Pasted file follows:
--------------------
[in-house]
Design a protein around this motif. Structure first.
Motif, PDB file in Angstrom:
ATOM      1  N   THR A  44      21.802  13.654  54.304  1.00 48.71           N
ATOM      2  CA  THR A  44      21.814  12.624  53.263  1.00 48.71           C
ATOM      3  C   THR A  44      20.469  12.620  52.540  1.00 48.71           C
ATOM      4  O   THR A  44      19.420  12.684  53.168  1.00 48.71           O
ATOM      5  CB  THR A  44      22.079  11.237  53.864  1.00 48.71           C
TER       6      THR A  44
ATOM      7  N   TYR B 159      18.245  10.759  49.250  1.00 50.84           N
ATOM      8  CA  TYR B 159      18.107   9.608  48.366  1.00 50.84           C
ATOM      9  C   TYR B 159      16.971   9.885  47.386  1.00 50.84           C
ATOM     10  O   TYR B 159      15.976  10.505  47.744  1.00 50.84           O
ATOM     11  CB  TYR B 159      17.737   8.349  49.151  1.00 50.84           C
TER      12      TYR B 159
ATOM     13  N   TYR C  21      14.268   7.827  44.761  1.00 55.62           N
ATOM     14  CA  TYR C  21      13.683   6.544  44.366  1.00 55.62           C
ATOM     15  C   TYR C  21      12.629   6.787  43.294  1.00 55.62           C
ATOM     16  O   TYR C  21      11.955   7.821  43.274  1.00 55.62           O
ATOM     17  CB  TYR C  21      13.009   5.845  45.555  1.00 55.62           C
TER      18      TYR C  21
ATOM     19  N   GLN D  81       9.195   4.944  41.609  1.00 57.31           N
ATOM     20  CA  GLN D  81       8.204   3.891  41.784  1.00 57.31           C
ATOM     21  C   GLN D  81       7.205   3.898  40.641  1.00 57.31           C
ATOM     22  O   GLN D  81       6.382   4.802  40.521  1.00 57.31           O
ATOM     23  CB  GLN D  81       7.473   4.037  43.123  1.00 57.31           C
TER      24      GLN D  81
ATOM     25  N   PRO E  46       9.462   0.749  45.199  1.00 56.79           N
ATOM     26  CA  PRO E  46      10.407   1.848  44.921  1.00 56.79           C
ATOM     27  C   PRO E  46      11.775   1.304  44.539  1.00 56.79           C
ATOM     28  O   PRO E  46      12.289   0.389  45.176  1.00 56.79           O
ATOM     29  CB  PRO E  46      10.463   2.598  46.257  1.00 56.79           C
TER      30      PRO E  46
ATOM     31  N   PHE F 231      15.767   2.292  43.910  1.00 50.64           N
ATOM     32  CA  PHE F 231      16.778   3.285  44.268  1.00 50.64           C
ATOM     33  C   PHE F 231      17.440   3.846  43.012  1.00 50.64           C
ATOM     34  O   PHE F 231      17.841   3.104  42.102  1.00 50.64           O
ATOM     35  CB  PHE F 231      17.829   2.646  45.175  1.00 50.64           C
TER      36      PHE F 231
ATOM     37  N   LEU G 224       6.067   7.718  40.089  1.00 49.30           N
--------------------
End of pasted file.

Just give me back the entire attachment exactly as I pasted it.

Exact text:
[in-house]
Design a protein around this motif. Structure first.
Motif, PDB file in Angstrom:
ATOM      1  N   THR A  44      21.802  13.654  54.304  1.00 48.71           N
ATOM      2  CA  THR A  44      21.814  12.624  53.263  1.00 48.71           C
ATOM      3  C   THR A  44      20.469  12.620  52.540  1.00 48.71           C
ATOM      4  O   THR A  44      19.420  12.684  53.168  1.00 48.71           O
ATOM      5  CB  THR A  44      22.079  11.237  53.864  1.00 48.71           C
TER       6      THR A  44
ATOM      7  N   TYR B 159      18.245  10.759  49.250  1.00 50.84           N
ATOM      8  CA  TYR B 159      18.107   9.608  48.366  1.00 50.84           C
ATOM      9  C   TYR B 159      16.971   9.885  47.386  1.00 50.84           C
ATOM     10  O   TYR B 159      15.976  10.505  47.744  1.00 50.84           O
ATOM     11  CB  TYR B 159      17.737   8.349  49.151  1.00 50.84           C
TER      12      TYR B 159
ATOM     13  N   TYR C  21      14.268   7.827  44.761  1.00 55.62           N
ATOM     14  CA  TYR C  21      13.683   6.544  44.366  1.00 55.62           C
ATOM     15  C   TYR C  21      12.629   6.787  43.294  1.00 55.62           C
ATOM     16  O   TYR C  21      11.955   7.821  43.274  1.00 55.62           O
ATOM     17  CB  TYR C  21      13.009   5.845  45.555  1.00 55.62           C
TER      18      TYR C  21
ATOM     19  N   GLN D  81       9.195   4.944  41.609  1.00 57.31           N
ATOM     20  CA  GLN D  81       8.204   3.891  41.784  1.00 57.31           C
ATOM     21  C   GLN D  81       7.205   3.898  40.641  1.00 57.31           C
ATOM     22  O   GLN D  81       6.382   4.802  40.521  1.00 57.31           O
ATOM     23  CB  GLN D  81       7.473   4.037  43.123  1.00 57.31           C
TER      24      GLN D  81
ATOM     25  N   PRO E  46       9.462   0.749  45.199  1.00 56.79           N
ATOM     26  CA  PRO E  46      10.407   1.848  44.921  1.00 56.79           C
ATOM     27  C   PRO E  46      11.775   1.304  44.539  1.00 56.79           C
ATOM     28  O   PRO E  46      12.289   0.389  45.176  1.00 56.79           O
ATOM     29  CB  PRO E  46      10.463   2.598  46.257  1.00 56.79           C
TER      30      PRO E  46
ATOM     31  N   PHE F 231      15.767   2.292  43.910  1.00 50.64           N
ATOM     32  CA  PHE F 231      16.778   3.285  44.268  1.00 50.64           C
ATOM     33  C   PHE F 231      17.440   3.846  43.012  1.00 50.64           C
ATOM     34  O   PHE F 231      17.841   3.104  42.102  1.00 50.64           O
ATOM     35  CB  PHE F 231      17.829   2.646  45.175  1.00 50.64           C
TER      36      PHE F 231
ATOM     37  N   LEU G 224       6.067   7.718  40.089  1.00 49.30           N